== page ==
Atlas Organics founders Joseph McMillin (left) and Gary Nihart (right).

January 13, 2022 | Business+Finance, Composting, Facilities

$200 Million Deal To Expand Composting Infrastructure

Top: Atlas Organics founders Joseph McMillin (left) and Gary Nihart (right).

On January 12, 2022, Atlas Organics, a developer and operator of commercial composting infrastructure based in the Southeast U.S., announced it is expanding operations nationwide in partnership with Generate Capital, an owner and operator of organic waste processing solutions in North America. The transaction will provide over $200 million in financing for expansion of Atlas composting facilities in the coming years; Generate has taken ownership of Atlas’ assets, including existing municipal contracts, at the eight currently operated composting facilities.

Atlas Organics was founded by Joseph McMillin and Gary Nihart in Spartanburg, South Carolina (SC) in 2014. They became involved with food waste recycling while in college. Nihart was more focused on composting, whereas McMillin was involved in collection. A mutual friend introduced them and they decided to collaborate — starting with food waste collection while seeking a site to start a composting facility. The pair tried to get capital, but was rebuffed. Despite a lack of funds to develop its own facility, McMillin and Nilhart secured a contract with Greenville County Solid Waste to build and operate a composting site at its Twin Chimneys Landfill in Honea Path (SC). “We had a public-private partnership, but no money,” recalls Nihart. Eventually, VentureSouth, a syndicate of angel equity investors, provided Atlas seed funding at the end of 2015, in exchange for an undisclosed percentage of the company.

Twin Chimneys gave McMillin and Nihart experience with the public-private partnership model for composting infrastructure development, and they began to pursue more opportunities. Atlas Organics raised two more rounds of venture capital for the corporate entity from Closed Loop Ventures, Gratitude Railroad and other investment firms across the U.S., and executed a contract with the City of Durham (NC) to operate its yard trimmings and biosolids composting facilities.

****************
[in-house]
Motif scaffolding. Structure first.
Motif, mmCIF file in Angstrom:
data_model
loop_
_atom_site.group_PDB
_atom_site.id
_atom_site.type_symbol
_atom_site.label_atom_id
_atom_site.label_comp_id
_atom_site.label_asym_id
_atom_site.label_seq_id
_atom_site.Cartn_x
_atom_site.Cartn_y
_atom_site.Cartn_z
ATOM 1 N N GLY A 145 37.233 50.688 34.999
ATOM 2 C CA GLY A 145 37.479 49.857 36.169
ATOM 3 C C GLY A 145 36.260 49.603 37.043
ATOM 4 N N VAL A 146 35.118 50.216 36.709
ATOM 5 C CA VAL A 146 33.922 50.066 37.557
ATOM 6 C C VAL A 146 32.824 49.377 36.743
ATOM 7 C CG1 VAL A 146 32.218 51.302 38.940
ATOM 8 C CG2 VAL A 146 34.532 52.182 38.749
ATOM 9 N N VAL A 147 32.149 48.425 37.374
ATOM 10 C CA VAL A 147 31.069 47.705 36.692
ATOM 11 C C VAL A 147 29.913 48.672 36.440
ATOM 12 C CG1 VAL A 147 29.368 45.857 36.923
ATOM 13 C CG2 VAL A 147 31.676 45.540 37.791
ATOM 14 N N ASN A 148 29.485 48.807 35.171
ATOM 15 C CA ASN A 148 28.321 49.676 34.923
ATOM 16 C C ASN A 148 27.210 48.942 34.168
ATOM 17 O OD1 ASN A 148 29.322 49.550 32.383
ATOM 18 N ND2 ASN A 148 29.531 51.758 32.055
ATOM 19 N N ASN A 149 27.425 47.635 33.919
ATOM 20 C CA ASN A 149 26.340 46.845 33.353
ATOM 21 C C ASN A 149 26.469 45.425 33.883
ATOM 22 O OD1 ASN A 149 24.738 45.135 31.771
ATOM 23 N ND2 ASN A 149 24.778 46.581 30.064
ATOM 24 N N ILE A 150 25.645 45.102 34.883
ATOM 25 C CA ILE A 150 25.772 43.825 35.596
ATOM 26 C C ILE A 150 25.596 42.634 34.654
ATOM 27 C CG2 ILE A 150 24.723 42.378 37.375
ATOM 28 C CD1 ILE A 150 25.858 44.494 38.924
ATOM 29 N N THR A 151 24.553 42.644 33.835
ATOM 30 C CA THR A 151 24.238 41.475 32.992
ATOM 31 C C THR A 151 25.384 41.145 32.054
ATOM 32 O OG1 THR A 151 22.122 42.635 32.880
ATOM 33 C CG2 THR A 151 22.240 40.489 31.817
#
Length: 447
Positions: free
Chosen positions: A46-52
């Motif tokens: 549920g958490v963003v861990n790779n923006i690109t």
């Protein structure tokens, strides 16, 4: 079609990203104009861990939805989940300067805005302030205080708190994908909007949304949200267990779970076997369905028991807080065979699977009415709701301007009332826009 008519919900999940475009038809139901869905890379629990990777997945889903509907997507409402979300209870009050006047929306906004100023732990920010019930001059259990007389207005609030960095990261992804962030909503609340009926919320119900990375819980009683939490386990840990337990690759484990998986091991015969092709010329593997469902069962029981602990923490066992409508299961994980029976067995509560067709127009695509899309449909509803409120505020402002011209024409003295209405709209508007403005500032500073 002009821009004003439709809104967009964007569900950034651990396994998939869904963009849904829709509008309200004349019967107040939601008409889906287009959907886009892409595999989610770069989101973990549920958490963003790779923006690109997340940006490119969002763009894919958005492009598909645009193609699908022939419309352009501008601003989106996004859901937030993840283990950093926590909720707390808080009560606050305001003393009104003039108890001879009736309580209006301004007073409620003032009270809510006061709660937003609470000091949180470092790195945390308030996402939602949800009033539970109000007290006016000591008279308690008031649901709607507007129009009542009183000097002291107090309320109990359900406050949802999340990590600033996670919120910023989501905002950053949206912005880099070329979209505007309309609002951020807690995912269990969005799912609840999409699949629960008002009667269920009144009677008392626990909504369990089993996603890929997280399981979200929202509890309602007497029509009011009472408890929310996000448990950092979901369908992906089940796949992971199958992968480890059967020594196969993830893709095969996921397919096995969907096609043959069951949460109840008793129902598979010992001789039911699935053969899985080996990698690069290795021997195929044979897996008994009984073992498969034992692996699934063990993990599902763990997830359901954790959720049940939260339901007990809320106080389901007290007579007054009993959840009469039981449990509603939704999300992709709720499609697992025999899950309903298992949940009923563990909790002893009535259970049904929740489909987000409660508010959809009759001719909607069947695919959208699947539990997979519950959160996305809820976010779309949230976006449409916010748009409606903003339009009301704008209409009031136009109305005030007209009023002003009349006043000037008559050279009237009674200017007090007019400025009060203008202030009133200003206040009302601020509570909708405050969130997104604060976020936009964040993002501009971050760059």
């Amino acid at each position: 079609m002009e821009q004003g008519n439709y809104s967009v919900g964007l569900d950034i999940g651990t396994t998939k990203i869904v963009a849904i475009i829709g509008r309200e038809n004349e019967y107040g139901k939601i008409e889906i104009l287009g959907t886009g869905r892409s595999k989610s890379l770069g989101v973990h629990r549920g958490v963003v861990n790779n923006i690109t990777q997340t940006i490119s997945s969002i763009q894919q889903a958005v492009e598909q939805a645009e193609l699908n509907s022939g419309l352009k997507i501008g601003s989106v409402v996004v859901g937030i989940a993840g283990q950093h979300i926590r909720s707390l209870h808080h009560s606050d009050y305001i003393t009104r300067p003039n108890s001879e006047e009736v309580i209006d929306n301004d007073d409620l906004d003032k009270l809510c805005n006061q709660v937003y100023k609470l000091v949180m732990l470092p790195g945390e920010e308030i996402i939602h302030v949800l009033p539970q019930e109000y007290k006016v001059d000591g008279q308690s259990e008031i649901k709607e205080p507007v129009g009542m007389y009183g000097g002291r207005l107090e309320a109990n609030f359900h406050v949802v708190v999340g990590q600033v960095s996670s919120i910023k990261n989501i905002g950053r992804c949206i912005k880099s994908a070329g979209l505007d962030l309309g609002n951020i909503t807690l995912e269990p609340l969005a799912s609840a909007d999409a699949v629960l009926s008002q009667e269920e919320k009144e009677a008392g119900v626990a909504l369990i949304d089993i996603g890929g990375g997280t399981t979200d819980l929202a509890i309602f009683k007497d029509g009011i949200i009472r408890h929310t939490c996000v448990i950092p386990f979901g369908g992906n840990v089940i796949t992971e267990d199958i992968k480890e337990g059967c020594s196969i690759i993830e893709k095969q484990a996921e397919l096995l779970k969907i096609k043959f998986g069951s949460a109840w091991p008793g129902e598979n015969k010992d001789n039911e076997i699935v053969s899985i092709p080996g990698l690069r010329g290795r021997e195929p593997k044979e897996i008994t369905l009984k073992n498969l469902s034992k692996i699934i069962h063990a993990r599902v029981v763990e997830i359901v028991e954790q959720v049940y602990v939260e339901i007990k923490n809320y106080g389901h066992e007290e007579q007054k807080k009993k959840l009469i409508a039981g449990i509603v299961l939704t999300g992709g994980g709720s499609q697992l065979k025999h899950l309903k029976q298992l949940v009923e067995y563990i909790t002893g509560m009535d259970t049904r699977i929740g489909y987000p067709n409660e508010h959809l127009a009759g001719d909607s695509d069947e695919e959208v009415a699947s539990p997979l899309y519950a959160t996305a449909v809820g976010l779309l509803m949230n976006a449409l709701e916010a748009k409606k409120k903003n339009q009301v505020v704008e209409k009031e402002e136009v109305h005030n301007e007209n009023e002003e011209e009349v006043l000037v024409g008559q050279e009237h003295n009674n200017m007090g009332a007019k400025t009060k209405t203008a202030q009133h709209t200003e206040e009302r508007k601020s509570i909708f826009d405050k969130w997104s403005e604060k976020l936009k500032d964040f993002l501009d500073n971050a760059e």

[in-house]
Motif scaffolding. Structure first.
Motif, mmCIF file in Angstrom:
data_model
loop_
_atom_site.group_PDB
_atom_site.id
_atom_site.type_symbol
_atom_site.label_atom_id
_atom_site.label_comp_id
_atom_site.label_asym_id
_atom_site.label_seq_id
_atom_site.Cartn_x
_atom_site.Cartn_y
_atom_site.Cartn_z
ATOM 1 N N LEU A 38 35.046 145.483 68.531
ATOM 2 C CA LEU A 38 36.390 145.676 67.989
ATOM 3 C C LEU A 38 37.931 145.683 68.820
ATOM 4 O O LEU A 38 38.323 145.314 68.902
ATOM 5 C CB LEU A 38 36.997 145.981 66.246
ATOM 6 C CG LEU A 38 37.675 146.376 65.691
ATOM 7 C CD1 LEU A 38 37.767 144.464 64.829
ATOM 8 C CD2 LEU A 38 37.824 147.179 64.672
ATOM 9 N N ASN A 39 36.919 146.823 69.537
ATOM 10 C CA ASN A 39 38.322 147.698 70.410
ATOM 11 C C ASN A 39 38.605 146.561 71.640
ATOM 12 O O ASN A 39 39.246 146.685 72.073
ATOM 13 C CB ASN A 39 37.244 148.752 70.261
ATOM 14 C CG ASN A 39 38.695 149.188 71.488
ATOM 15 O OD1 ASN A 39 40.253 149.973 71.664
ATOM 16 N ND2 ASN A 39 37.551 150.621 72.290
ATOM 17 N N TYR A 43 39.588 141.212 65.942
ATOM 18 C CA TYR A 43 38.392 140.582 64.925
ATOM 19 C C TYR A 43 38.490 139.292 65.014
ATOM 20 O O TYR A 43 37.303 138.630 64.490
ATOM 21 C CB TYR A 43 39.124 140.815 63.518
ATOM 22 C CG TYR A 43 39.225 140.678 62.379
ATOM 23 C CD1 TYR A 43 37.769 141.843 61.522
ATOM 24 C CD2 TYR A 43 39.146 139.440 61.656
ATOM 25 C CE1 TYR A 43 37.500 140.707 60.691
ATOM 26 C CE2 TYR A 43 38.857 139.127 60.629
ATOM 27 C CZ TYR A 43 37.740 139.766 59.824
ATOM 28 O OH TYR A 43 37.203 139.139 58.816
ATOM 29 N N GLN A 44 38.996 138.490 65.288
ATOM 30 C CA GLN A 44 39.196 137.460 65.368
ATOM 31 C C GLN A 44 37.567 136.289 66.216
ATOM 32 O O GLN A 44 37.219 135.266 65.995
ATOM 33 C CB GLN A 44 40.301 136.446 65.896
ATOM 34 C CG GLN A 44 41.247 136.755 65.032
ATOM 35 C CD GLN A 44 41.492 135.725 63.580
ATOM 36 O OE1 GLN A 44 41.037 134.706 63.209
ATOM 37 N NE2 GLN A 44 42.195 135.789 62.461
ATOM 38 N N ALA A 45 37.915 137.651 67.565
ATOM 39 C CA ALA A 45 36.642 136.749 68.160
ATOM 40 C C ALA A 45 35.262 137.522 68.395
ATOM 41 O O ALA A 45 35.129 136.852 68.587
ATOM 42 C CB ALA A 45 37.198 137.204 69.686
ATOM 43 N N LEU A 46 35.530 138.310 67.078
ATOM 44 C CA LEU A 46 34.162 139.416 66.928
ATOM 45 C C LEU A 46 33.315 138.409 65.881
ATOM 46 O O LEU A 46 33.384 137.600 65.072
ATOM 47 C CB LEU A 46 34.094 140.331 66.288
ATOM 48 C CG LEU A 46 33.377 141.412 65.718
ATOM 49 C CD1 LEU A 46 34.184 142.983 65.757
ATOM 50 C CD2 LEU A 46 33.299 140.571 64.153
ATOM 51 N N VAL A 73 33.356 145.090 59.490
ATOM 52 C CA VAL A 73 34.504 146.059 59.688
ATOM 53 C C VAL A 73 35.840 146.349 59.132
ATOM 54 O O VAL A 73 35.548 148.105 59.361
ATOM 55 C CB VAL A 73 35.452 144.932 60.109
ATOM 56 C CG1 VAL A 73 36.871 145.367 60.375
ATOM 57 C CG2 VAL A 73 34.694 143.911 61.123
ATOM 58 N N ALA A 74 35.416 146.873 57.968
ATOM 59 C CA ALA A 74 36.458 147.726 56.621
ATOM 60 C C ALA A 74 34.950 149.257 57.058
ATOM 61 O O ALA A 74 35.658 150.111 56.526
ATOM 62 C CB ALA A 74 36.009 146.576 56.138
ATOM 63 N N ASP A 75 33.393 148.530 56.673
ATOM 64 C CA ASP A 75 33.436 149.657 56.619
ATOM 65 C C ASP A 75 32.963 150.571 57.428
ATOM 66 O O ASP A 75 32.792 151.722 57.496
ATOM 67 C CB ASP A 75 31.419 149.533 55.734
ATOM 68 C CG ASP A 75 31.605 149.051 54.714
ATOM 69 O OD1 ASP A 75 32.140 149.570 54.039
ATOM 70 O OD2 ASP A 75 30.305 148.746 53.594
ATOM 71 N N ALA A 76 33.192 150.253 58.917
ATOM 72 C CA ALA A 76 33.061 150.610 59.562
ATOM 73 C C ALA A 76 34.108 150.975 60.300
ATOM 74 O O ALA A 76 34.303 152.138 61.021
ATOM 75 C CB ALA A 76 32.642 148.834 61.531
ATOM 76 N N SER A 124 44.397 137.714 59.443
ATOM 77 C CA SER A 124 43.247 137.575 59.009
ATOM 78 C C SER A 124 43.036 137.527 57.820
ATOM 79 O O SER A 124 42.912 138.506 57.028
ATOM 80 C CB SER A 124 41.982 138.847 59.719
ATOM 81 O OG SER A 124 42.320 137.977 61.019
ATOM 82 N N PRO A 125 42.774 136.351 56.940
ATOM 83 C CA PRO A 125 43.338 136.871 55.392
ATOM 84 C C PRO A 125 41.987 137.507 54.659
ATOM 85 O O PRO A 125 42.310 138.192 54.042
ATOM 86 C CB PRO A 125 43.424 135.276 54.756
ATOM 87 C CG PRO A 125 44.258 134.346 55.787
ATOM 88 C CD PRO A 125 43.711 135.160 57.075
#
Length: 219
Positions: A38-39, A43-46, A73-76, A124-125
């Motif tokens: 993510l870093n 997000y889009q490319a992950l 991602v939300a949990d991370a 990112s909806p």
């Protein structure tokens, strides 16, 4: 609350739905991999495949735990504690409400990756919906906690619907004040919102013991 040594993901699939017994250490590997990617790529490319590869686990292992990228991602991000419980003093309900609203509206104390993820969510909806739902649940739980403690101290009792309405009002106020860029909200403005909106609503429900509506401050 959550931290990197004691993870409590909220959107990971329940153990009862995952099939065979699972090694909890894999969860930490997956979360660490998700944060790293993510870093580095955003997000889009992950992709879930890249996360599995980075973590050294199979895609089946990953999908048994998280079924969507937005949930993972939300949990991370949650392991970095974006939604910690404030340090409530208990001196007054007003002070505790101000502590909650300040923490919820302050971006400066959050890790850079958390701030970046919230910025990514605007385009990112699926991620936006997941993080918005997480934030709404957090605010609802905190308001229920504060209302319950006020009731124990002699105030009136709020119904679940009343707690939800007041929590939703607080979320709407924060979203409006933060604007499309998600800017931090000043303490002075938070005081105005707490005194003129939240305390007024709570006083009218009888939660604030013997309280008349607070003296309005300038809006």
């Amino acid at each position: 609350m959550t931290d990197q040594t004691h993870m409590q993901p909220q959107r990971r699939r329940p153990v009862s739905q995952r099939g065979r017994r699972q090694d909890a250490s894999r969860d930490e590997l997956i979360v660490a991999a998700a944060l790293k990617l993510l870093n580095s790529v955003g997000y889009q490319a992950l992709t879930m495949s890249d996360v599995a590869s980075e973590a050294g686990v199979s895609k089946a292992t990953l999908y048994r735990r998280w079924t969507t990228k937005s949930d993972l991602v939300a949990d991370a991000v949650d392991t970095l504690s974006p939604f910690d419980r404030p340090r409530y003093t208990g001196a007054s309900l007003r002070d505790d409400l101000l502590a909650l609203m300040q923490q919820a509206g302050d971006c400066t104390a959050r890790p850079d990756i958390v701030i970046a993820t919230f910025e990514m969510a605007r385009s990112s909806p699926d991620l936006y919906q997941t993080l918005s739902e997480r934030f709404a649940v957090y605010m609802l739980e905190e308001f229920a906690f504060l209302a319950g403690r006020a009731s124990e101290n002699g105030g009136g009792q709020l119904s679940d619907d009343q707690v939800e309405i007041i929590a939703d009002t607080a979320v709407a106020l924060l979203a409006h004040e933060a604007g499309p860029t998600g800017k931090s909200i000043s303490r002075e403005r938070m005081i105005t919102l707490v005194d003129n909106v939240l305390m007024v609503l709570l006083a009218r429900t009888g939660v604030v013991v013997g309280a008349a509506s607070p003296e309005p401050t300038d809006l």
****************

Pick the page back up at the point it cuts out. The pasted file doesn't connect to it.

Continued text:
In December 2019, Atlas Organics received $21.4 million in project development capital from Spring Lane Capital. “This investment gives us dedicated infrastructure capital to design, build, and operate composting facilities for public and private partners to provide much needed organics recycling infrastructure,” said McMillin in a BioCycle interview. “Our business model is to be a comprehensive organics recycling platform. The fact that we can finance these projects and have capital to do so is a big differentiator. For public-private partnerships (P3s), the municipality usually controls the material flow and Atlas underwrites the projects because we have feedstock guarantees. Many times, with P3s, the municipality has access to land or facilities that needs to be repurposed. That approach — using existing sites and infrastructure — makes the tipping fee we charge in our contracts reasonable for municipalities.”

Generate Capital will be entering the composting space with its investment in Atlas Organics. The company owns anaerobic digestion facilities that process over 250,000 tons/year of food waste, and yield renewable natural gas, clean electricity and fertilizer. “We see a tremendous opportunity to leverage the experience and capabilities of the Atlas team to build a significant platform for composting infrastructure development,” notes Bill Caesar, president of Generate’s waste-to-value operations.

Adds McMillin, “We’ve built a solid platform for growth and a partner like Generate will help open the door to new opportunities and deliver on our nationwide expansion. We can focus on building and acquiring composting operations, developing our people, and delivering value to our customers knowing that we have the backing of a well-resourced and experienced team to support us.”

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